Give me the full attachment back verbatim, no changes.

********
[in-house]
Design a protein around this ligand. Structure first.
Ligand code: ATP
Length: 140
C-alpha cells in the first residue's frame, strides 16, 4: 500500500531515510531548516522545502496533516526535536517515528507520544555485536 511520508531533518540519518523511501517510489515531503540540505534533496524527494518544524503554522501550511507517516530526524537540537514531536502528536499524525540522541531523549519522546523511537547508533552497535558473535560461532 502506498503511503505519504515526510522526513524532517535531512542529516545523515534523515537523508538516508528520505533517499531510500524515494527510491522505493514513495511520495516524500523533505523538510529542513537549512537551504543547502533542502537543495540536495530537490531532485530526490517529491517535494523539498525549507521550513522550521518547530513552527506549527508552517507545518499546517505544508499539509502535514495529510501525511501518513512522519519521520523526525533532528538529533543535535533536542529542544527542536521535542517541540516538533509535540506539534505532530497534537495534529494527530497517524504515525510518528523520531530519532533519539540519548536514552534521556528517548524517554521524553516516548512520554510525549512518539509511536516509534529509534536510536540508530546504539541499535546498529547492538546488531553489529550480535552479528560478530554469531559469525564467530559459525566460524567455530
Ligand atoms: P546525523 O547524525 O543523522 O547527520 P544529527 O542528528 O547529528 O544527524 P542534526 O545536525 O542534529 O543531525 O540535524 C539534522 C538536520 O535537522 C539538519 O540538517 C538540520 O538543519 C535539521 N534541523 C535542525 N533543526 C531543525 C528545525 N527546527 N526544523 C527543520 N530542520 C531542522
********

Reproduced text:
[in-house]
Design a protein around this ligand. Structure first.
Ligand code: ATP
Length: 140
C-alpha cells in the first residue's frame, strides 16, 4: 500500500531515510531548516522545502496533516526535536517515528507520544555485536 511520508531533518540519518523511501517510489515531503540540505534533496524527494518544524503554522501550511507517516530526524537540537514531536502528536499524525540522541531523549519522546523511537547508533552497535558473535560461532 502506498503511503505519504515526510522526513524532517535531512542529516545523515534523515537523508538516508528520505533517499531510500524515494527510491522505493514513495511520495516524500523533505523538510529542513537549512537551504543547502533542502537543495540536495530537490531532485530526490517529491517535494523539498525549507521550513522550521518547530513552527506549527508552517507545518499546517505544508499539509502535514495529510501525511501518513512522519519521520523526525533532528538529533543535535533536542529542544527542536521535542517541540516538533509535540506539534505532530497534537495534529494527530497517524504515525510518528523520531530519532533519539540519548536514552534521556528517548524517554521524553516516548512520554510525549512518539509511536516509534529509534536510536540508530546504539541499535546498529547492538546488531553489529550480535552479528560478530554469531559469525564467530559459525566460524567455530
Ligand atoms: P546525523 O547524525 O543523522 O547527520 P544529527 O542528528 O547529528 O544527524 P542534526 O545536525 O542534529 O543531525 O540535524 C539534522 C538536520 O535537522 C539538519 O540538517 C538540520 O538543519 C535539521 N534541523 C535542525 N533543526 C531543525 C528545525 N527546527 N526544523 C527543520 N530542520 C531542522